It’s one thing to learn about something by studying it, like with picking up a book or taking classes. I think first-hand knowledge is priceless, and I did discover many of the basic tenets of business by working for myself. I’m sure you could learn a lot by working your way to the top of a well-established company, but who has time for that? Which leads me to a piece of advice I wish someone had given me: Work at a startup. Do it sooner than later.
Working at a startup taught me more about business than any other endeavor has.
In the mid '80s, long before startup culture was red hot, I joined a toy company that was rapidly growing in Fremont, Calif. Looking back, the two years I spent there were the absolute best of my career. I only wish I had joined one sooner.
Before I joined Worlds of Wonder, I supported myself by selling my handmade soft sculptures at street, county and state fairs. After a few years, I even opened my own retail store in Capitola. Eventually, I began freelancing for prominent stuffed toy companies such as Applause as well.
I didn’t realize it at the time, but I wasn’t learning very much about business. Or rather, I wasn’t learning much more. I had a mentor, but he had never worked in a very formal or typical business environment. I wasn’t working with anyone who knew more than I did. I was stubborn. I didn’t know any better.
Eventually, I realized that I needed to join an actual company. After years of disdaining the mainstream, that was exactly what I needed to become.
There’s a quick way of doing things and a slower way. Startups are relentlessly fast paced. They have to be. My colleagues at WOW were extremely dedicated. We shared a common goal. Time was not on our side. There was never enough money.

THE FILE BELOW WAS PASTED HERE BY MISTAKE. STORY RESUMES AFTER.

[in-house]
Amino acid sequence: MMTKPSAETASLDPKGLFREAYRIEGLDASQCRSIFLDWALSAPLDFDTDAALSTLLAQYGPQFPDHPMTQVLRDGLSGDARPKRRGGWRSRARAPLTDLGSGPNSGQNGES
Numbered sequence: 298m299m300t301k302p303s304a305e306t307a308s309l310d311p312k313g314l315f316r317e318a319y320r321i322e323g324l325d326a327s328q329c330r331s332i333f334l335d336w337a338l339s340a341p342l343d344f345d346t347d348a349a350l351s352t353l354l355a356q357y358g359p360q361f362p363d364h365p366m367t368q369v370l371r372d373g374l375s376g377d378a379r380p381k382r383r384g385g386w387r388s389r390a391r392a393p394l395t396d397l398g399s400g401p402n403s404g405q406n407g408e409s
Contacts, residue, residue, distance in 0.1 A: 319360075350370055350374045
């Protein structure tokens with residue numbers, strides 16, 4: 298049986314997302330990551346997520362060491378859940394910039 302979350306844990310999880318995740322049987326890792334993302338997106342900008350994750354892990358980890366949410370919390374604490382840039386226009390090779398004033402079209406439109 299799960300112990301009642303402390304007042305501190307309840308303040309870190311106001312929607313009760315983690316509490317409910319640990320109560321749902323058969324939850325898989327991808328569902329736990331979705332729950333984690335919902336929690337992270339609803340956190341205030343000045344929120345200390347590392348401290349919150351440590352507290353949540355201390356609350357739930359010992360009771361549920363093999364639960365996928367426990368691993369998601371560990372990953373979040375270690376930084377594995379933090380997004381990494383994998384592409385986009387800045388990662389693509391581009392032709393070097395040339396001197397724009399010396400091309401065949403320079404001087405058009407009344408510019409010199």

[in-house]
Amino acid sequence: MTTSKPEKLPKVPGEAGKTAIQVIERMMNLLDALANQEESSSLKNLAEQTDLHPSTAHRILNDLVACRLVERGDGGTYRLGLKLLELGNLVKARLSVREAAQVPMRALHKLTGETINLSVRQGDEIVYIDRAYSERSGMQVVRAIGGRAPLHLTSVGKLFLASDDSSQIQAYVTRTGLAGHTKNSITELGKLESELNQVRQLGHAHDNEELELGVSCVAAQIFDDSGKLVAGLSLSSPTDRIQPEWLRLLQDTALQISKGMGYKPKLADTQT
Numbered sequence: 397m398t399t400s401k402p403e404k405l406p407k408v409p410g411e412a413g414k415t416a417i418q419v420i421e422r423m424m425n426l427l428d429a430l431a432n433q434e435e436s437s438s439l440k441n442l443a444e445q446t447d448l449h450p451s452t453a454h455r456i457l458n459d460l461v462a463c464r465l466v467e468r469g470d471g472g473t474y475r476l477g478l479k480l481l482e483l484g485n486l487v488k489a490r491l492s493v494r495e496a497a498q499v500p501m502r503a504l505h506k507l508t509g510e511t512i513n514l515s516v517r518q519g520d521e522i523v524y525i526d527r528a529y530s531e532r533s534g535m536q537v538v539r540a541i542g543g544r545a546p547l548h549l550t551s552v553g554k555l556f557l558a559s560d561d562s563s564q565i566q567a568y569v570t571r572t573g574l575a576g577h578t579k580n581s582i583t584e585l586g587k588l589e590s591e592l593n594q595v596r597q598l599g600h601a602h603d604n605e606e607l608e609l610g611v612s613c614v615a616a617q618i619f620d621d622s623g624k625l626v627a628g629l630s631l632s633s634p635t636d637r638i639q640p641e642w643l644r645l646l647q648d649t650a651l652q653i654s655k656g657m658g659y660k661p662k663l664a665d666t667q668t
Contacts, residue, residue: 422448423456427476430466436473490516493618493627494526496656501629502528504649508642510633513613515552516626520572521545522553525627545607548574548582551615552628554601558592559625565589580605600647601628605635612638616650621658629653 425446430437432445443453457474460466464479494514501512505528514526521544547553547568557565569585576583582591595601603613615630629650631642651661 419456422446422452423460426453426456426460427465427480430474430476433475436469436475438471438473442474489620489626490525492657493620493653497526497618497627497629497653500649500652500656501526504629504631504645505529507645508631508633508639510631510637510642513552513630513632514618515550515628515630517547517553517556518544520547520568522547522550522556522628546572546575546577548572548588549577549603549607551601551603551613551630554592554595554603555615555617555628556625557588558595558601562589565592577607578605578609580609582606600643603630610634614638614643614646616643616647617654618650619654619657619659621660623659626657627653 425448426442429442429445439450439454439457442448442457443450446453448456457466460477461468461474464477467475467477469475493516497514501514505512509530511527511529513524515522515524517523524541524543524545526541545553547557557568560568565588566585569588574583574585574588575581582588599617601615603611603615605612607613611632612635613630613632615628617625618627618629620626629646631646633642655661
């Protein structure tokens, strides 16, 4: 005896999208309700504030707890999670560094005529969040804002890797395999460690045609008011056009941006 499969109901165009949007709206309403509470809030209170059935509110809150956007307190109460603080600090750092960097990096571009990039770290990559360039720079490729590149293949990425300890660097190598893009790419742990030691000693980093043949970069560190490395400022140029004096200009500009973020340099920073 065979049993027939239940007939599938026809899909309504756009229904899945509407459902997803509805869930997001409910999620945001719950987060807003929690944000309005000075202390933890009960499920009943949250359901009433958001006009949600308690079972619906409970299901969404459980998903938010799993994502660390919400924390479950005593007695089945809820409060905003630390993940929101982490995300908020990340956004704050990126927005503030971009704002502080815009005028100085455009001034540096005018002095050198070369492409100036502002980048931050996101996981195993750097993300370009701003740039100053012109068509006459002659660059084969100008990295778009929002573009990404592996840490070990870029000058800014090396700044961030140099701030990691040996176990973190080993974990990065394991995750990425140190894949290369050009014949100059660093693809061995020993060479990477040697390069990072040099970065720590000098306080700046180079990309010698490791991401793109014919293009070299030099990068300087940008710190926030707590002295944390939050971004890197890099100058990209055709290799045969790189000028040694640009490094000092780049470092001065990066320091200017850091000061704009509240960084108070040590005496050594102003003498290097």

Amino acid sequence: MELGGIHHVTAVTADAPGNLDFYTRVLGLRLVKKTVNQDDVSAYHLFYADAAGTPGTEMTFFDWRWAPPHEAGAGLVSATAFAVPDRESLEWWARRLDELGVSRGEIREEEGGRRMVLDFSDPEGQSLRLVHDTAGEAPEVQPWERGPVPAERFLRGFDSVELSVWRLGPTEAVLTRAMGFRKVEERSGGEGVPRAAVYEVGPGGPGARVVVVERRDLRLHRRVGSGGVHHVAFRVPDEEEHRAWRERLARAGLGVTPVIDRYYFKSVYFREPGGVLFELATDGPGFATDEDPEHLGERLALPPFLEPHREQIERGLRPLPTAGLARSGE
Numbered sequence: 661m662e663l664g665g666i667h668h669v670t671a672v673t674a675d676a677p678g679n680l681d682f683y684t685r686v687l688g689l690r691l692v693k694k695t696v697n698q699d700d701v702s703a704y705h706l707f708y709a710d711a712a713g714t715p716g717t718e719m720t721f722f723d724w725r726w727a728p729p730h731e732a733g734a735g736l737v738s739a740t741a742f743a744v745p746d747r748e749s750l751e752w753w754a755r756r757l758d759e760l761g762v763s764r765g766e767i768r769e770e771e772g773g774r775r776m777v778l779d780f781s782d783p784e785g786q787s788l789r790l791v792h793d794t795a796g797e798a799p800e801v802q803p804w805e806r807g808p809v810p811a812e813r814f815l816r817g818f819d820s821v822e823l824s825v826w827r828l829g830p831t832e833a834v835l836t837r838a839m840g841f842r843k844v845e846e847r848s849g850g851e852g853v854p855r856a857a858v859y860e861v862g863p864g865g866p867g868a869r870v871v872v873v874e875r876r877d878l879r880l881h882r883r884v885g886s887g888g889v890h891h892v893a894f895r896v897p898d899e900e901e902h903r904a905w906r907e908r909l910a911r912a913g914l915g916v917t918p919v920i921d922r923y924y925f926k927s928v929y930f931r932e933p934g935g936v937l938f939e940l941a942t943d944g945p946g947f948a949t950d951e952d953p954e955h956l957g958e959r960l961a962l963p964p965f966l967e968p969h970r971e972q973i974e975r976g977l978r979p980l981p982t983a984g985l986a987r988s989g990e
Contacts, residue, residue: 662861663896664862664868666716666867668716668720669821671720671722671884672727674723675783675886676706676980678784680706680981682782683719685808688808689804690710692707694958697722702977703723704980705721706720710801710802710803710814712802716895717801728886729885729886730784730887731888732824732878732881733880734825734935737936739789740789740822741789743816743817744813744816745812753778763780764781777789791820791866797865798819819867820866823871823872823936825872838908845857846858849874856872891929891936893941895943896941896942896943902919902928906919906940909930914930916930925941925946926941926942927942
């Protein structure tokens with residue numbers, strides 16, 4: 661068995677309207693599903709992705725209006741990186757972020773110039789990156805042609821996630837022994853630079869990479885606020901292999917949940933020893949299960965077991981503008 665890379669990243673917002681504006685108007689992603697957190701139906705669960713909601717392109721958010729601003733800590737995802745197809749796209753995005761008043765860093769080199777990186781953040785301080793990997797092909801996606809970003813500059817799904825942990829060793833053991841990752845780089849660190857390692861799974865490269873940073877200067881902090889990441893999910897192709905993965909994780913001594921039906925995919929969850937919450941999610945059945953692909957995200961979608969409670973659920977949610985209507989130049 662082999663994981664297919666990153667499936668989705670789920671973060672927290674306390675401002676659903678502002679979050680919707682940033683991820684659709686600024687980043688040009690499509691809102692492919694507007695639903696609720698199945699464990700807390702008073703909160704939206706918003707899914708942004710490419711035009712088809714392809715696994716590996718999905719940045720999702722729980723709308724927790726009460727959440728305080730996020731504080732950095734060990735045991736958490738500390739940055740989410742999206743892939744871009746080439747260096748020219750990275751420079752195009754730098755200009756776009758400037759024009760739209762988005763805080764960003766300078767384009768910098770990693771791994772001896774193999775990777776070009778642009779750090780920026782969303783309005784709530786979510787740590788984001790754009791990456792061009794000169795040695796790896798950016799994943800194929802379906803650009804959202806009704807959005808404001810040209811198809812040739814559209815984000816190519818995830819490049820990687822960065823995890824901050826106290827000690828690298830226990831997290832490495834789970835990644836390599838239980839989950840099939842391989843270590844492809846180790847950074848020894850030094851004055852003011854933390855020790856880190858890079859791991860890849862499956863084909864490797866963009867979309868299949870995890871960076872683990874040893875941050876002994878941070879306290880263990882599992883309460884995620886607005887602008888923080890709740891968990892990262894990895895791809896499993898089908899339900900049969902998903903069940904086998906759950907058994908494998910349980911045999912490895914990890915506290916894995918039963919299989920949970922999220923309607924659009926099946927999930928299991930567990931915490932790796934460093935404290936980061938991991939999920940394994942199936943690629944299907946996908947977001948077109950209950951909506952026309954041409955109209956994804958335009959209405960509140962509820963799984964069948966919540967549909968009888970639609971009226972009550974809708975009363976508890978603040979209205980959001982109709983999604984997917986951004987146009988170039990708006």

It often felt like we were working 24 hours a day. I was the last to leave at night and the first to arrive in the morning, because I slept in my office multiple nights a week, sometimes even using my work materials (plush fabric) as a blanket. If that sounds extreme, it’s because it was.
It was crazy, yeah, but it was also incredible. I felt empowered and like I was part of a family. Because there were never enough people to do all of the tasks that needed to get done, I got to take part in so many different aspects of the business -- quickly.
Forget climbing the ladder -- there was no ladder! People were promoted based on the quality of the work they did, not where they had worked before or gone to school. It didn’t matter who you knew or whose ass you kissed. If you were someone who could be counted on to get a job done, you were rewarded for it.
I raised my hand at every opportunity. No job was too big or small. I didn’t care, because I wanted to learn as much as I possibly could. If I’m being honest, half of the time I didn’t know what I was doing. But that didn’t matter as much as it probably should have, because no one else did either.
These are some of the opportunities I had. I got to help design hit toys such as Teddy Ruxpin and Lazer Tag. I traveled overseas to Bangkok and Hong Kong to make sure they rolled off production lines looking good. I worked with licensees, including Disney. (Visiting Walt Disney Studios in Burbank was a dream come true.) I traveled to New York City to set up our exhibit at Toy Fair. I glued eyelashes on Pamela: The Living Doll. I got to meet the creative team behind the Muppets at Jim Henson’s studio, which remains a highlight of my career to this day.
It was truly a whirlwind adventure. How could I forget it?
If you follow my advice, chances are, you will be more excited to wake up for work every morning than most, and you will also be in over your head. Relish it.